Prince Nanda was the half-brother of the historical Buddha Gautama Siddhartha. They had a common father in King Suddhodana, but his mother was Mahá Padjapati Gótami, the sister of the Buddha's mother.
The Buddha returned to his native Kapilavastu in the seventh year after his enlightenment. On the third day after his return, while eating a meal, the Buddha quietly handed his eating utensil to Nanda, got up and walked away.
Nanda, thinking that the Buddha would need the pot, followed him to Nigrodha Park, where the Buddha stayed. But the Buddha's presentation of the bowl was a silent demonstration of the Dharma teaching. This scene is often depicted in Graeco-Buddhist art.
When they reached the park, the Buddha asked Nanda if he would like to become a monk. Despite the fact that Nanda had just married the beautiful Janapada Kalyani that day, he joined the monastic community as a disciple.
Nanda was not able to enjoy spiritual happiness after all. She kept thinking of her young wife and feeling sad. When the Buddha heard this, he took Nanda to the Tavatimsa heaven (also known as Trajastrimsa).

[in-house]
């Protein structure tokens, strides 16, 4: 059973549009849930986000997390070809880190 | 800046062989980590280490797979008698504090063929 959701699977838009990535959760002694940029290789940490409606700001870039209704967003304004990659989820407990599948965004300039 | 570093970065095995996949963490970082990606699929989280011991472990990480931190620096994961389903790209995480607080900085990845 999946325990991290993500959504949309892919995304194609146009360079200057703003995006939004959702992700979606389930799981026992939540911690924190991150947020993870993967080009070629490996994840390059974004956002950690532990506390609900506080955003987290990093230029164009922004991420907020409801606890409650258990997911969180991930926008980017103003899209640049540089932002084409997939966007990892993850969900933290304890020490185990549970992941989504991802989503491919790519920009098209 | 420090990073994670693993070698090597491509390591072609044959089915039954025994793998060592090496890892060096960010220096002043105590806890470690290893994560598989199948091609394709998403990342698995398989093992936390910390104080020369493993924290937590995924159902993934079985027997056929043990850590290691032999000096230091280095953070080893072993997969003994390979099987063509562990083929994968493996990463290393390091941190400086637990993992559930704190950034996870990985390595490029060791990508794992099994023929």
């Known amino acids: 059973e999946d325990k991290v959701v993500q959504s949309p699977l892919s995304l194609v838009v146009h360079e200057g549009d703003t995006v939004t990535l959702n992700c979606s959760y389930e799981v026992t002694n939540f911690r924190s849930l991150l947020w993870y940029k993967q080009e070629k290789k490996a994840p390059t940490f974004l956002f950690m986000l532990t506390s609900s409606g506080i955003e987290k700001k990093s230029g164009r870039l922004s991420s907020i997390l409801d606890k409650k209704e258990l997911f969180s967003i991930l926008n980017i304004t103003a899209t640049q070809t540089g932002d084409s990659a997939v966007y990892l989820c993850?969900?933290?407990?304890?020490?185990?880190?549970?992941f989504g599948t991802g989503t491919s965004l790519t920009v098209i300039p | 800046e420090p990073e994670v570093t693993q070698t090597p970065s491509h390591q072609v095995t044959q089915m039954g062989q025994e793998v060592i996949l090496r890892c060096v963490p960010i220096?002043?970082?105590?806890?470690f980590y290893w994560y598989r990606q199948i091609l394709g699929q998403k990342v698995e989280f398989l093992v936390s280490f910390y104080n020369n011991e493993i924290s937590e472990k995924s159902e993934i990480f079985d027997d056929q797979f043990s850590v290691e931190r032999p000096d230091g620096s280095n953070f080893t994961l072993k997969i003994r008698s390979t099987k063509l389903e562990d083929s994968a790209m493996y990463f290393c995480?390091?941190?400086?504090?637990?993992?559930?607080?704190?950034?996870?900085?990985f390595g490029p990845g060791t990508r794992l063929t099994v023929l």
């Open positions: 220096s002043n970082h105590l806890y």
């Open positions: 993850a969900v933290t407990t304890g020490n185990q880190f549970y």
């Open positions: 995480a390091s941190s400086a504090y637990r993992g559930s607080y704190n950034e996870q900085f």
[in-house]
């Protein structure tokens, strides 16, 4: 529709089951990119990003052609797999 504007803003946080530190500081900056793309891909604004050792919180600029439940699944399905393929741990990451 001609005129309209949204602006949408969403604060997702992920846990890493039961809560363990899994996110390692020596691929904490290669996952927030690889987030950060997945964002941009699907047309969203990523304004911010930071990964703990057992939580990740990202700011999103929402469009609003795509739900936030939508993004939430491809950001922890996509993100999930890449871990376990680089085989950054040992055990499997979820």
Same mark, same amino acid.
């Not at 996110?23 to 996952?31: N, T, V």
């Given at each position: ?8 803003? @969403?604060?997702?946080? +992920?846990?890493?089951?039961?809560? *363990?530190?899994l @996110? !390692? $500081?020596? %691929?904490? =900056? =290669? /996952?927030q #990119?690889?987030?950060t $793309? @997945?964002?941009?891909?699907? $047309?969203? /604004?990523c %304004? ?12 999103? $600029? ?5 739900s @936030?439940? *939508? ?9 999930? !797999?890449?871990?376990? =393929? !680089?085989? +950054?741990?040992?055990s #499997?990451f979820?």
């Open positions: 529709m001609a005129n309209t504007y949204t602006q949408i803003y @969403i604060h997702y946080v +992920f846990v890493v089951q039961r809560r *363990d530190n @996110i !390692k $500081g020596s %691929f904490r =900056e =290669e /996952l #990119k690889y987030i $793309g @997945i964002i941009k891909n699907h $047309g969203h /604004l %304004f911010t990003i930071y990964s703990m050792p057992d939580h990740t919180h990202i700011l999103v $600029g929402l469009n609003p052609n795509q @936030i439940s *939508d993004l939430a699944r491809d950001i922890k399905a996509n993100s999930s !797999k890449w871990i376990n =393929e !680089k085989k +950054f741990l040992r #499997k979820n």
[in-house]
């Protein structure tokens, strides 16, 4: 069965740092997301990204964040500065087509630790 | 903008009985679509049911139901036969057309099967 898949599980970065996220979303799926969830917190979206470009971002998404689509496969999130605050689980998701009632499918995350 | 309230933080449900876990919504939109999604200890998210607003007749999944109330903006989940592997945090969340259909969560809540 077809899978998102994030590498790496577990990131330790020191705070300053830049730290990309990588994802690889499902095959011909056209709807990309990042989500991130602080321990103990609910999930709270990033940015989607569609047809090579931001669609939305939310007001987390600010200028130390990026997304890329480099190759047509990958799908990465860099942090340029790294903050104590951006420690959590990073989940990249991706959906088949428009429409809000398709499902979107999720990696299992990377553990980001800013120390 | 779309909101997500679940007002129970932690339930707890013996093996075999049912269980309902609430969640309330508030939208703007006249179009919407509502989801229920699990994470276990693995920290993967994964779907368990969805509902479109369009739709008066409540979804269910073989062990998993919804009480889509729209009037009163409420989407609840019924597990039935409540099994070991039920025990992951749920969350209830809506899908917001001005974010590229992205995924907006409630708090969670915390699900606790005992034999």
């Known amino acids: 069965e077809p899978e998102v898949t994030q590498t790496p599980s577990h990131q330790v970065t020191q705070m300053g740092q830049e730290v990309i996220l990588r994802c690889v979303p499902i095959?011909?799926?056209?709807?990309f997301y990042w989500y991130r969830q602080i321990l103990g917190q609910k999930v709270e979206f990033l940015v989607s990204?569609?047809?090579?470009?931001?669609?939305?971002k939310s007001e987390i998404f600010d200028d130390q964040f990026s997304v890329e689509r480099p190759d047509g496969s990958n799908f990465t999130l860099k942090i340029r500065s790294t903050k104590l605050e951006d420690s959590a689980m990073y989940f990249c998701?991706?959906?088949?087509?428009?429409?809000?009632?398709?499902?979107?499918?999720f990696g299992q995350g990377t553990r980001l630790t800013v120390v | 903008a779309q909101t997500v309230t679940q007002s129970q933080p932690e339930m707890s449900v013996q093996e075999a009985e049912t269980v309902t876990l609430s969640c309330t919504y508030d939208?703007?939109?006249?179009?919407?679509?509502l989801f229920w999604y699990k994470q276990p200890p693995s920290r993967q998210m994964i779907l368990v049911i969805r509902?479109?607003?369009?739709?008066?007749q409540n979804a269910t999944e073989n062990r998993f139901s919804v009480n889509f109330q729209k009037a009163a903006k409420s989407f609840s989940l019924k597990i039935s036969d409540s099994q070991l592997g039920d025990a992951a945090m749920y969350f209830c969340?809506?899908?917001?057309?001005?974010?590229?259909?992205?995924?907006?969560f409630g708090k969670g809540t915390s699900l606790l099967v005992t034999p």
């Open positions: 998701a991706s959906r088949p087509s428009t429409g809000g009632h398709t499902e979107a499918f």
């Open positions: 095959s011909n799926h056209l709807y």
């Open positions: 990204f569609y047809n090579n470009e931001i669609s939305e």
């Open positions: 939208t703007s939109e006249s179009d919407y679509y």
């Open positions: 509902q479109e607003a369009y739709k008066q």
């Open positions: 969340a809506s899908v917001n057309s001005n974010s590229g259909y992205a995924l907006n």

On the way, Nanda saw a girl monkey that had lost her ears, nose and tail in a fire and was hanging on a charred log. When they reached heaven Nanda saw beautiful sky nymphs and the Buddha asked him which he thought was more beautiful, the nymphs or his wife.
Nanda then compared his wife to the girl monkey. The Buddha encouraged Ananda not to be discouraged, for he promised her the company of the nymphs if she persevered in the holy life. Encouraged by this, Nanda practised diligently from then on.
Later, however, the other monks learned of Nanda's desire and mocked him for it. As a result, Nanda finally gave up all his desires and attained the Golden Age.
In the Theragatha collection of poems, there is a poem attributed to Nanda. In the poem, he thanks the Buddha for allowing him to attain the level of arhat.